Former banker says likelihood of US dollar being replaced is slim at this time and would take decades to happen

Former banker Everett Christian says he is not taking very seriously the talk that the United States dollar is being devalued and will be replaced by a stronger currency.

Recent media reports have expressed concern about inflation and the closure of banks across the United States, among other financial issues.

However, Christian says that Antigua and Barbuda, the region, and even the rest of the world should not panic over this talking point.

As a matter of fact, he says, he sees it as “much ado about nothing,” since the US dollar is still the major currency in which business is conducted worldwide – in both goods or services.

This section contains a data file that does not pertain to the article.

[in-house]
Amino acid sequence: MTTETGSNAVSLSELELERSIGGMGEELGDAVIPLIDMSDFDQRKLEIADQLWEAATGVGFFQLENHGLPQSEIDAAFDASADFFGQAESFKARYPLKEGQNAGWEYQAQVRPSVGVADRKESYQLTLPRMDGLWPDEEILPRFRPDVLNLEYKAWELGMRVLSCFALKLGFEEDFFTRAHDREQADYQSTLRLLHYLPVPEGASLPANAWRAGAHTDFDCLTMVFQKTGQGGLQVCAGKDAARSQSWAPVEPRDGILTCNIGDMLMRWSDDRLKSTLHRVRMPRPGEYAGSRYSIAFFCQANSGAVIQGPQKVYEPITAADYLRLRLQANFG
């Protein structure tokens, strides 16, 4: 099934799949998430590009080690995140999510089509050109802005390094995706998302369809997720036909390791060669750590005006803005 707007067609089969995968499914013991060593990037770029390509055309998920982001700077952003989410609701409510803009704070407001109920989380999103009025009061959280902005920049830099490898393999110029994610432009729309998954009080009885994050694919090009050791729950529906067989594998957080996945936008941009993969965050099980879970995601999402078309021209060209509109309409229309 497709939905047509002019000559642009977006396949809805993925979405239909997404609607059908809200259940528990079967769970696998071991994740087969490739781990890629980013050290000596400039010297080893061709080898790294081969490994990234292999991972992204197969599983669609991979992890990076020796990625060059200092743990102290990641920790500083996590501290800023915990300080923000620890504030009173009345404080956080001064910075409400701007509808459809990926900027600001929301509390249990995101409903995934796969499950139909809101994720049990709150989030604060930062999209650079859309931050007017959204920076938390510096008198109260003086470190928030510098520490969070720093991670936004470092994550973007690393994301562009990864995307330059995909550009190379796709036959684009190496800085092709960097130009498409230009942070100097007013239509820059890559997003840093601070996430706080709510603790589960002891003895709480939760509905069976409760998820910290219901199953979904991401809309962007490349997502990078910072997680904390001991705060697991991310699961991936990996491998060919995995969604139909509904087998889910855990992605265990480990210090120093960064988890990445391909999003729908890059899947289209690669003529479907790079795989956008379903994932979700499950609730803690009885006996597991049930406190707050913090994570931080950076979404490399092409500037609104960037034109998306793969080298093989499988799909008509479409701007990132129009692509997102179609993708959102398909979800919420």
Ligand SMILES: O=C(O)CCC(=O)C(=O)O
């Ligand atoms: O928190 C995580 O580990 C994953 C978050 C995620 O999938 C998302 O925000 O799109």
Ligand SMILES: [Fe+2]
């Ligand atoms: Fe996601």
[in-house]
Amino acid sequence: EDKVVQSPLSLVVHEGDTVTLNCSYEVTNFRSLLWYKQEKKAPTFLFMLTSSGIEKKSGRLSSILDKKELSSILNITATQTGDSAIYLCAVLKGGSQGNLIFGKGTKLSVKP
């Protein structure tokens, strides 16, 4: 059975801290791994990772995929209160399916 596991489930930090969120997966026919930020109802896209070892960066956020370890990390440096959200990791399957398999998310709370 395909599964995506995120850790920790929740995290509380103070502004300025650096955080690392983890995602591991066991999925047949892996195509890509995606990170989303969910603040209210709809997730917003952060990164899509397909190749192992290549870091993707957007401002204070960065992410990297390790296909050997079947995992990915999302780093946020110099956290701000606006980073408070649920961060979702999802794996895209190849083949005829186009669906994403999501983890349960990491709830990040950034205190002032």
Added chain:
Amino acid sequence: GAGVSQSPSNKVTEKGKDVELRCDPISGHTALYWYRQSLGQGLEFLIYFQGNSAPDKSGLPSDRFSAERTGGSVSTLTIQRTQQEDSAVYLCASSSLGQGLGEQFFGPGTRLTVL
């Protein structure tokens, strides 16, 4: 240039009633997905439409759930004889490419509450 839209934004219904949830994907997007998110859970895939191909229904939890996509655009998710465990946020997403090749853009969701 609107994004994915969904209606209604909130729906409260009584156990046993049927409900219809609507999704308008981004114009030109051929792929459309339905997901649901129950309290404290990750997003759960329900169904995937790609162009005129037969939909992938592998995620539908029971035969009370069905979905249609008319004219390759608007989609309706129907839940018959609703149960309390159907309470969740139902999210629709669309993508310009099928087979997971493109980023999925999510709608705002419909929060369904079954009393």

Additionally, Christian says it is the currency held by most central banks around the world.

Most countries, he explains, would have to show how their currency is backed; and for the majority, this backing is by the US dollar – either cash or US Government securities.

The former banker notes that most of the commodities traded – gold, oil and copper, among others – are priced in US dollars, making it the currency of international trade.

While Christian is careful not to say the US dollar cannot be replaced eventually by another currency, he asserts that this is not something that will happen overnight.  In his estimation, it would take decades.